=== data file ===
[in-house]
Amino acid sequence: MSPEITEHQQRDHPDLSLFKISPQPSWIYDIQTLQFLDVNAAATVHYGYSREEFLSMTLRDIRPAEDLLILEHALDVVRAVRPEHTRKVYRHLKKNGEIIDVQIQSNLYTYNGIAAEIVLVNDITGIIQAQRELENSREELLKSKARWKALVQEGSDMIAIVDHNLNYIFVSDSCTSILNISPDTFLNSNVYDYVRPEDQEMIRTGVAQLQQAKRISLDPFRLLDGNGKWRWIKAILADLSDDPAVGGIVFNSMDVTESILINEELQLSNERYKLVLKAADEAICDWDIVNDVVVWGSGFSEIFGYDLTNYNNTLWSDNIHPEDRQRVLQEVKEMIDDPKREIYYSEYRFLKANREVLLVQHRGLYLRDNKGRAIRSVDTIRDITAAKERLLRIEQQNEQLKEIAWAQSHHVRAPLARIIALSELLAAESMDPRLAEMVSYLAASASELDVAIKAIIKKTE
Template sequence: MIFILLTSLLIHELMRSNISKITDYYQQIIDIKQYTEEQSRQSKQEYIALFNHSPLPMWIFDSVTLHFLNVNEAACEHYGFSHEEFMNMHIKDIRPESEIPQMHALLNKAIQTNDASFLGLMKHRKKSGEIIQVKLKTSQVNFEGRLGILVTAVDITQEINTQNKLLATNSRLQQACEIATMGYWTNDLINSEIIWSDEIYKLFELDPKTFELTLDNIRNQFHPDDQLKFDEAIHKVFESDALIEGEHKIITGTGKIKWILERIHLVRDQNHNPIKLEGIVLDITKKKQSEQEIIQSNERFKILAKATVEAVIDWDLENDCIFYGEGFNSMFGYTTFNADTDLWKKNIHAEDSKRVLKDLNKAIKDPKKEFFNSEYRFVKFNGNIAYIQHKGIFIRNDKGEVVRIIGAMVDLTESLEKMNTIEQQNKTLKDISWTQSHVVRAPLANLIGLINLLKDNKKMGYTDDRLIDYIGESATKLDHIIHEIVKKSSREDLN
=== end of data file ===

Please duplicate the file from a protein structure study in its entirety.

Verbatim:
[in-house]
Amino acid sequence: MSPEITEHQQRDHPDLSLFKISPQPSWIYDIQTLQFLDVNAAATVHYGYSREEFLSMTLRDIRPAEDLLILEHALDVVRAVRPEHTRKVYRHLKKNGEIIDVQIQSNLYTYNGIAAEIVLVNDITGIIQAQRELENSREELLKSKARWKALVQEGSDMIAIVDHNLNYIFVSDSCTSILNISPDTFLNSNVYDYVRPEDQEMIRTGVAQLQQAKRISLDPFRLLDGNGKWRWIKAILADLSDDPAVGGIVFNSMDVTESILINEELQLSNERYKLVLKAADEAICDWDIVNDVVVWGSGFSEIFGYDLTNYNNTLWSDNIHPEDRQRVLQEVKEMIDDPKREIYYSEYRFLKANREVLLVQHRGLYLRDNKGRAIRSVDTIRDITAAKERLLRIEQQNEQLKEIAWAQSHHVRAPLARIIALSELLAAESMDPRLAEMVSYLAASASELDVAIKAIIKKTE
Template sequence: MIFILLTSLLIHELMRSNISKITDYYQQIIDIKQYTEEQSRQSKQEYIALFNHSPLPMWIFDSVTLHFLNVNEAACEHYGFSHEEFMNMHIKDIRPESEIPQMHALLNKAIQTNDASFLGLMKHRKKSGEIIQVKLKTSQVNFEGRLGILVTAVDITQEINTQNKLLATNSRLQQACEIATMGYWTNDLINSEIIWSDEIYKLFELDPKTFELTLDNIRNQFHPDDQLKFDEAIHKVFESDALIEGEHKIITGTGKIKWILERIHLVRDQNHNPIKLEGIVLDITKKKQSEQEIIQSNERFKILAKATVEAVIDWDLENDCIFYGEGFNSMFGYTTFNADTDLWKKNIHAEDSKRVLKDLNKAIKDPKKEFFNSEYRFVKFNGNIAYIQHKGIFIRNDKGEVVRIIGAMVDLTESLEKMNTIEQQNKTLKDISWTQSHVVRAPLANLIGLINLLKDNKKMGYTDDRLIDYIGESATKLDHIIHEIVKKSSREDLN